From a recent survey conducted by the National Statistics Organisation of Thailand, Bangkok's population is now estimated at roughly 13.7 million in the Bangkok Metropolitan Region. In 1950, the population of Bangkok was roughly 1.4 million. This rise in population has not only increased the demand for accommodation across all property sectors, but has also greatly stressed the transportation infrastructure of Bangkok’s central business district (CBD) and the outlying suburbs. With ever increasing demand for space, buildings have been built where land used to exist with single-detached houses and yards. The rapid growth has meant that available prime land locations have been acquired by developers competing for the best remaining spaces to build their new projects. In Bangkok’s CBD, this trend has more than doubled the cost of housing since 2003. According to records from CBRE, the condominium market will grow from just over 100,000 units in 2003 to over 650,000 units by 2017. The average price per square metre for high-end condominiums and above (which makes up most of the CBD condominium market) has increased from approximately THB 80,000 - 100,000 in 2004 to THB 220,000 - 250,000 or more as of mid-2016. As urbanisation continues, city planners and developers must give concern to the impacts that their projects will have on the city.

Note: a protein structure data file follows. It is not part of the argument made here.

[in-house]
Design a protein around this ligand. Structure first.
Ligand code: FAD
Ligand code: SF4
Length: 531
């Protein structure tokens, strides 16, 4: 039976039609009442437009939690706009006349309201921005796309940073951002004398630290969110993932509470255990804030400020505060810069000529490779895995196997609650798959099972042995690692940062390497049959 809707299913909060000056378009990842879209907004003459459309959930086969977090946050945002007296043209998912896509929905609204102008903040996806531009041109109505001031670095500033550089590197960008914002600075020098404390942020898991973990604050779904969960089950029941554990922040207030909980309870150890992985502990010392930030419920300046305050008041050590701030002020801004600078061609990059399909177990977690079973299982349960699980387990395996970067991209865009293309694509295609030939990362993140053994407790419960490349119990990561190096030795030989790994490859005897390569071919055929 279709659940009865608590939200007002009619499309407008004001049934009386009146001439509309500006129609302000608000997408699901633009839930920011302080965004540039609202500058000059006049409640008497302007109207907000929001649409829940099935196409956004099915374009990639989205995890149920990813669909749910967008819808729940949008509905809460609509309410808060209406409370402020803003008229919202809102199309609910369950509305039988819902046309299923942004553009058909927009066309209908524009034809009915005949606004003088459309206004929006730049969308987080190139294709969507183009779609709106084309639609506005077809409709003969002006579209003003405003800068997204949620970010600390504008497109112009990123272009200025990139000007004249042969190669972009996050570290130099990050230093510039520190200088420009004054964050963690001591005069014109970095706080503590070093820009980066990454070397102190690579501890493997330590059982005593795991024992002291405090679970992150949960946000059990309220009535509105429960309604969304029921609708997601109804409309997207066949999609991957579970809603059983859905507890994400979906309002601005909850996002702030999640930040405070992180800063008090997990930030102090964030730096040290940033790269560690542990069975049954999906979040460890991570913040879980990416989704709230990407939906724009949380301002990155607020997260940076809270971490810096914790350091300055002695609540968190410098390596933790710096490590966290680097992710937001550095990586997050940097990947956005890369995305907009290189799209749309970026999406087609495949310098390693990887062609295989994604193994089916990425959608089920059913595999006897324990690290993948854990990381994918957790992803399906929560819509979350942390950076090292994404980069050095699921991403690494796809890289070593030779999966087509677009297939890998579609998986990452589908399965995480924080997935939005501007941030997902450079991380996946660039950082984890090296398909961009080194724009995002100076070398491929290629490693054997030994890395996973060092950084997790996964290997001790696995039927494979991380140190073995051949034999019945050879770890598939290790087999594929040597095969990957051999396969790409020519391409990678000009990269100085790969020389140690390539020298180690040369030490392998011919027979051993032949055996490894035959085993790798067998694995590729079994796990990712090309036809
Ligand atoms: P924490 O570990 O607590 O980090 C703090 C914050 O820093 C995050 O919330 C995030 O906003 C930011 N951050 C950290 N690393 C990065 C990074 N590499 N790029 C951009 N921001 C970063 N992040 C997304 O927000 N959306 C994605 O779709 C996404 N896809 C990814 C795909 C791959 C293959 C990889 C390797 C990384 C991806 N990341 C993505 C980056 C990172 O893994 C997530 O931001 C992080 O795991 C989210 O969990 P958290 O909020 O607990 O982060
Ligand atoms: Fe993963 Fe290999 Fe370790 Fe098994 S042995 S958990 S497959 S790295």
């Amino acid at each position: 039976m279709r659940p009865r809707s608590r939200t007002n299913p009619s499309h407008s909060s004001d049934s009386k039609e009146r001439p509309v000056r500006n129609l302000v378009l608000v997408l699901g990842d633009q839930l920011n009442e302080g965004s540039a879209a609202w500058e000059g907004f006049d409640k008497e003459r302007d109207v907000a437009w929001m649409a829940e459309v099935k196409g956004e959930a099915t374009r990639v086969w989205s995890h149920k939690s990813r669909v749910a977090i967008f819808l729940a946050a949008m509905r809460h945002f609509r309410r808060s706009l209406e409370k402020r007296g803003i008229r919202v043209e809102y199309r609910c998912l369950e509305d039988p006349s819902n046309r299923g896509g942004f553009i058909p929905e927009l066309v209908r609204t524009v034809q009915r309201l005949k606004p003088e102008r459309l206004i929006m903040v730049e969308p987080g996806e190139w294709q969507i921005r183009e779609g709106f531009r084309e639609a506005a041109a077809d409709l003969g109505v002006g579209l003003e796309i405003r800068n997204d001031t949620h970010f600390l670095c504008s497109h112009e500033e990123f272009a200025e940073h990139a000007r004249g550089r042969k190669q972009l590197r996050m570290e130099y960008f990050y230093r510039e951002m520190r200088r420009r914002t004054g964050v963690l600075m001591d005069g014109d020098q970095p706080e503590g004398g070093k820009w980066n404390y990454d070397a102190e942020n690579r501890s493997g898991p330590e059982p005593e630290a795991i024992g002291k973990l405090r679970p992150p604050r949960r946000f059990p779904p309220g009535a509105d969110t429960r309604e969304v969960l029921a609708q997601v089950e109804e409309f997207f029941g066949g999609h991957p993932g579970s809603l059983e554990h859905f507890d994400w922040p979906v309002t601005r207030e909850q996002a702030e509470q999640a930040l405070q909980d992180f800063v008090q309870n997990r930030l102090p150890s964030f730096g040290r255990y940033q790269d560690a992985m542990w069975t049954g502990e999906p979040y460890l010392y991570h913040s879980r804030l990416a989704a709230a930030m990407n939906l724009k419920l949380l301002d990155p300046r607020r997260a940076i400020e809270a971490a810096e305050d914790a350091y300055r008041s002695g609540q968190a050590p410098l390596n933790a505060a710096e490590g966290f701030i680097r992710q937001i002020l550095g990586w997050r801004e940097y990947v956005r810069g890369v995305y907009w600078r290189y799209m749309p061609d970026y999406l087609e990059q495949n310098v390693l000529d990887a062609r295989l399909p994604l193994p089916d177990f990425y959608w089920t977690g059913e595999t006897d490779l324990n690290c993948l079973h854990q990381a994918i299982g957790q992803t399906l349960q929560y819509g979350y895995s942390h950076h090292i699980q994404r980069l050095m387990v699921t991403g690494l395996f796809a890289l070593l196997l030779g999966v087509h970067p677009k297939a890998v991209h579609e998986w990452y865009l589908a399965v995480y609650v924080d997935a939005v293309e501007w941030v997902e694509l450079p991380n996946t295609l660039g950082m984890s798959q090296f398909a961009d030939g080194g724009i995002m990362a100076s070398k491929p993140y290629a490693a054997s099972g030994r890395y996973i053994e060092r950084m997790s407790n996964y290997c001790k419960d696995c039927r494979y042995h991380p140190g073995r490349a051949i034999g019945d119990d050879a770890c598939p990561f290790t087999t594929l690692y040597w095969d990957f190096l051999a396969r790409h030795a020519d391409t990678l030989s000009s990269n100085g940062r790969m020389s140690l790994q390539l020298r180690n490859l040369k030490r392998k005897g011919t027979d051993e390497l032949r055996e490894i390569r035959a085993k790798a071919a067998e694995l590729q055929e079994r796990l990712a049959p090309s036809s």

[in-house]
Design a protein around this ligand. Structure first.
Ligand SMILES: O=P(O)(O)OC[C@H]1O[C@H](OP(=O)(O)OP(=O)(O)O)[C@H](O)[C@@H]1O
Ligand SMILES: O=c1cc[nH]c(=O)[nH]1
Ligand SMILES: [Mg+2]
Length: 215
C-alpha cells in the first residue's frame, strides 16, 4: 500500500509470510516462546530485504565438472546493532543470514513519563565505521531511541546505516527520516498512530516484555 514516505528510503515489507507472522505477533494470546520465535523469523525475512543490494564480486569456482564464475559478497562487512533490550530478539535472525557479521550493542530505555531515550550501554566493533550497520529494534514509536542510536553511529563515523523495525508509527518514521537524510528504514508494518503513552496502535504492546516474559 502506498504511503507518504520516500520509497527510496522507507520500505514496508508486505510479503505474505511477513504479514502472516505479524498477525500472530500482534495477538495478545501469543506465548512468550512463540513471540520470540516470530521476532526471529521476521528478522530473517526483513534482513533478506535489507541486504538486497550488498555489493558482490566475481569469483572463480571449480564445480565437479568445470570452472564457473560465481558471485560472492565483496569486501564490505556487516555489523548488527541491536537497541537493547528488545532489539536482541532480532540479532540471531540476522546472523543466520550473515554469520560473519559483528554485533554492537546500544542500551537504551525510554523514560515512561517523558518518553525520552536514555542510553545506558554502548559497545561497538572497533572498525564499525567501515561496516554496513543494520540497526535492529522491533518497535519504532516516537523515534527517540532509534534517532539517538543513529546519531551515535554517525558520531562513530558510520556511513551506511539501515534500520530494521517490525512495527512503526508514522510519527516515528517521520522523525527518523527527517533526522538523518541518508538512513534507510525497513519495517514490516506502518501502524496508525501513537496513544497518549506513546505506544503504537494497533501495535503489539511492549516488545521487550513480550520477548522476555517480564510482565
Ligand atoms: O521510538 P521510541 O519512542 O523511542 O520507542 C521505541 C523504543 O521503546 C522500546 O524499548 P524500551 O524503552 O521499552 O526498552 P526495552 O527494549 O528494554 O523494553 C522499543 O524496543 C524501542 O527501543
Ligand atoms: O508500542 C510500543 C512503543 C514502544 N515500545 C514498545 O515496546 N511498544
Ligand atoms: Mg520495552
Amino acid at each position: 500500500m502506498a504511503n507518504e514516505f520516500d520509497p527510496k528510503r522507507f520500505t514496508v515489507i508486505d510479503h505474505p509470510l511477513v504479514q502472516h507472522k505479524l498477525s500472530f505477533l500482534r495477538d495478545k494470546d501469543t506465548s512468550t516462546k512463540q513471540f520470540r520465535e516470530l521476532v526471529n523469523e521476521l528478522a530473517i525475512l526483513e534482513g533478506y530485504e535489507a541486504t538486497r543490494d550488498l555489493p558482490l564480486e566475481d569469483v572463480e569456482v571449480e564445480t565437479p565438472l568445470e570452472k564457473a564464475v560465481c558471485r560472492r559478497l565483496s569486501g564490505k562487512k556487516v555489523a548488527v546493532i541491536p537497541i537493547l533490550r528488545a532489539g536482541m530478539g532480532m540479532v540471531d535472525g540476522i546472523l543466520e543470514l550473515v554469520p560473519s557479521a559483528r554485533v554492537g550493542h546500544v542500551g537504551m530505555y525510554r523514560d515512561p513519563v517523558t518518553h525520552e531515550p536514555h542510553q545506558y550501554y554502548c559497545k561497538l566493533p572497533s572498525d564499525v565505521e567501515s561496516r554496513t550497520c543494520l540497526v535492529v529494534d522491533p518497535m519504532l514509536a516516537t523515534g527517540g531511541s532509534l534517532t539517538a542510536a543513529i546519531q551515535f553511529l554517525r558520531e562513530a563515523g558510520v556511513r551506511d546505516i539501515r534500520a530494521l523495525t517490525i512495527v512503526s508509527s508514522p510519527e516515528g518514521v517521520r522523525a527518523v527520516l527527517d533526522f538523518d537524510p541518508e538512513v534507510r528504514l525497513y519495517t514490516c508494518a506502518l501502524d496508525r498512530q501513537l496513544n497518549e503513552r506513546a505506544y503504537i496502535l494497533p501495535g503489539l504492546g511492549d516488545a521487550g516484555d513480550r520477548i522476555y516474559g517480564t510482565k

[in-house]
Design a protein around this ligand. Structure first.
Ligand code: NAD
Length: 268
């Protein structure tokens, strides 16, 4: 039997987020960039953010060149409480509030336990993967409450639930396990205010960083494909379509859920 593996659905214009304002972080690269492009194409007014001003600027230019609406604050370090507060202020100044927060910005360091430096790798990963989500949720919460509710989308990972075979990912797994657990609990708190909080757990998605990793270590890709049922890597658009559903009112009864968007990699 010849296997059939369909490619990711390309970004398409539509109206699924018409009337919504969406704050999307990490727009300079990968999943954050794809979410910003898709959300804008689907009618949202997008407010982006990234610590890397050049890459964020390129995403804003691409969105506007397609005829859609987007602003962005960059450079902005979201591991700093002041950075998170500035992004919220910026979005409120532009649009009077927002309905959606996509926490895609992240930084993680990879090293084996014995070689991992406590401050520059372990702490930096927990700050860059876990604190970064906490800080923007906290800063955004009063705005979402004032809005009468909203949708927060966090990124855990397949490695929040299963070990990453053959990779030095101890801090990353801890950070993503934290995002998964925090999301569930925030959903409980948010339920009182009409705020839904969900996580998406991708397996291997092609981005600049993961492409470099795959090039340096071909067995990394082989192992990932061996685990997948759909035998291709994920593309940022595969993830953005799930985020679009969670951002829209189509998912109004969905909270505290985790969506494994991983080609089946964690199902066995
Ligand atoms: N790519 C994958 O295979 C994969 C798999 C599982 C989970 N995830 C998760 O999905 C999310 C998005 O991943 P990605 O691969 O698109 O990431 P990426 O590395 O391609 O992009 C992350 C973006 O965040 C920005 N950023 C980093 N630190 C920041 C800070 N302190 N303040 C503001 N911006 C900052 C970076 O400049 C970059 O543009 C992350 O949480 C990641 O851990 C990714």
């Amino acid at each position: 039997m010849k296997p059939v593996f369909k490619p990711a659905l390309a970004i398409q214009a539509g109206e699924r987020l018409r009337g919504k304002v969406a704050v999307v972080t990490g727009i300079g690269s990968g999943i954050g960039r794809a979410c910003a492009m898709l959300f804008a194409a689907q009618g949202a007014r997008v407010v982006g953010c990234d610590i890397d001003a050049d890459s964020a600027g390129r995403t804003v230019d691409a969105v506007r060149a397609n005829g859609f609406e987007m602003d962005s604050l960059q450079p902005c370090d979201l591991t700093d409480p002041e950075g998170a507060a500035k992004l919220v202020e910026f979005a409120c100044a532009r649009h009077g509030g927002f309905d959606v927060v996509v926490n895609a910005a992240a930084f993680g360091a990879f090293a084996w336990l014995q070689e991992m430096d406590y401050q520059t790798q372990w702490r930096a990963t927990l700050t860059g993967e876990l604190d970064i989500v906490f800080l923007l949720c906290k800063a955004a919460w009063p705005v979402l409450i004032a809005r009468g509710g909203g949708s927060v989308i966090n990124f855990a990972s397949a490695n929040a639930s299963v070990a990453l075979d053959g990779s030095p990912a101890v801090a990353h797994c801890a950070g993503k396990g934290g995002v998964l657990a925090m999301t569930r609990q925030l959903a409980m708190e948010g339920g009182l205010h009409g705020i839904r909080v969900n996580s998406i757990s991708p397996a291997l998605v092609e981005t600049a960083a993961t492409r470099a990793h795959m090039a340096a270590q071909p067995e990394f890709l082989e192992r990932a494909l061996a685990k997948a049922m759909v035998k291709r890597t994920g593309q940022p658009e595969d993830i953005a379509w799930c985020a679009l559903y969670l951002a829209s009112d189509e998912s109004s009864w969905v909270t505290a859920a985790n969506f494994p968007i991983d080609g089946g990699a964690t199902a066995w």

A recent case study published by the Journal of Financial Management of Property and Construction in the UK set out to find empirical data to determine the effects of public open spaces on house prices. The study concluded that public open spaces had the greatest value adding effect on cluster homes and apartments. Sales values for these two property types increased by 42% and 49% respectively which represents a capitalisation of nearby public space into increased property values. The research also shows that prospective buyers and residents appreciate the function of open green space, specifically for high density residential such as apartments/condominiums and cluster homes. The article concluded that due to the value impact of green space on residential property, the government should make appropriate decisions regarding the provision of these public goods and design more effective zoning and land-use regulations as city planners learn how residents value open areas.